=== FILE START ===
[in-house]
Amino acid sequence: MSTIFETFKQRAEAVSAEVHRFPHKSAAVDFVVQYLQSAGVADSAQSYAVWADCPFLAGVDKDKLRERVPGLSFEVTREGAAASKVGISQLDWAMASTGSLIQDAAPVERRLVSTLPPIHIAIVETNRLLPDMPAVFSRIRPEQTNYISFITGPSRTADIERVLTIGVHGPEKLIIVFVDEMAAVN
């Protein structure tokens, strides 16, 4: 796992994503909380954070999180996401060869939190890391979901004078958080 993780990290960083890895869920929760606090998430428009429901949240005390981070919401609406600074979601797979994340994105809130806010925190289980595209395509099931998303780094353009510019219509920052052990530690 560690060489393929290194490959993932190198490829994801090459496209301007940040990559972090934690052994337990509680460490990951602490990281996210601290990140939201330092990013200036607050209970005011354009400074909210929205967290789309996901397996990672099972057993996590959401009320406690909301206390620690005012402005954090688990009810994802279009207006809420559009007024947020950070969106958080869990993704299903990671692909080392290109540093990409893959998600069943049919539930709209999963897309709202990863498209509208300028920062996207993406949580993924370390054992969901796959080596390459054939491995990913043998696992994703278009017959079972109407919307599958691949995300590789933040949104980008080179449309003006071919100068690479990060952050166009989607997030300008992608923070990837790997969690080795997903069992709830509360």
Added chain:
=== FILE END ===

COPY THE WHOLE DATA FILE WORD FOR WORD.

[in-house]
Amino acid sequence: MSTIFETFKQRAEAVSAEVHRFPHKSAAVDFVVQYLQSAGVADSAQSYAVWADCPFLAGVDKDKLRERVPGLSFEVTREGAAASKVGISQLDWAMASTGSLIQDAAPVERRLVSTLPPIHIAIVETNRLLPDMPAVFSRIRPEQTNYISFITGPSRTADIERVLTIGVHGPEKLIIVFVDEMAAVN
């Protein structure tokens, strides 16, 4: 796992994503909380954070999180996401060869939190890391979901004078958080 993780990290960083890895869920929760606090998430428009429901949240005390981070919401609406600074979601797979994340994105809130806010925190289980595209395509099931998303780094353009510019219509920052052990530690 560690060489393929290194490959993932190198490829994801090459496209301007940040990559972090934690052994337990509680460490990951602490990281996210601290990140939201330092990013200036607050209970005011354009400074909210929205967290789309996901397996990672099972057993996590959401009320406690909301206390620690005012402005954090688990009810994802279009207006809420559009007024947020950070969106958080869990993704299903990671692909080392290109540093990409893959998600069943049919539930709209999963897309709202990863498209509208300028920062996207993406949580993924370390054992969901796959080596390459054939491995990913043998696992994703278009017959079972109407919307599958691949995300590789933040949104980008080179449309003006071919100068690479990060952050166009989607997030300008992608923070990837790997969690080795997903069992709830509360």
Added chain: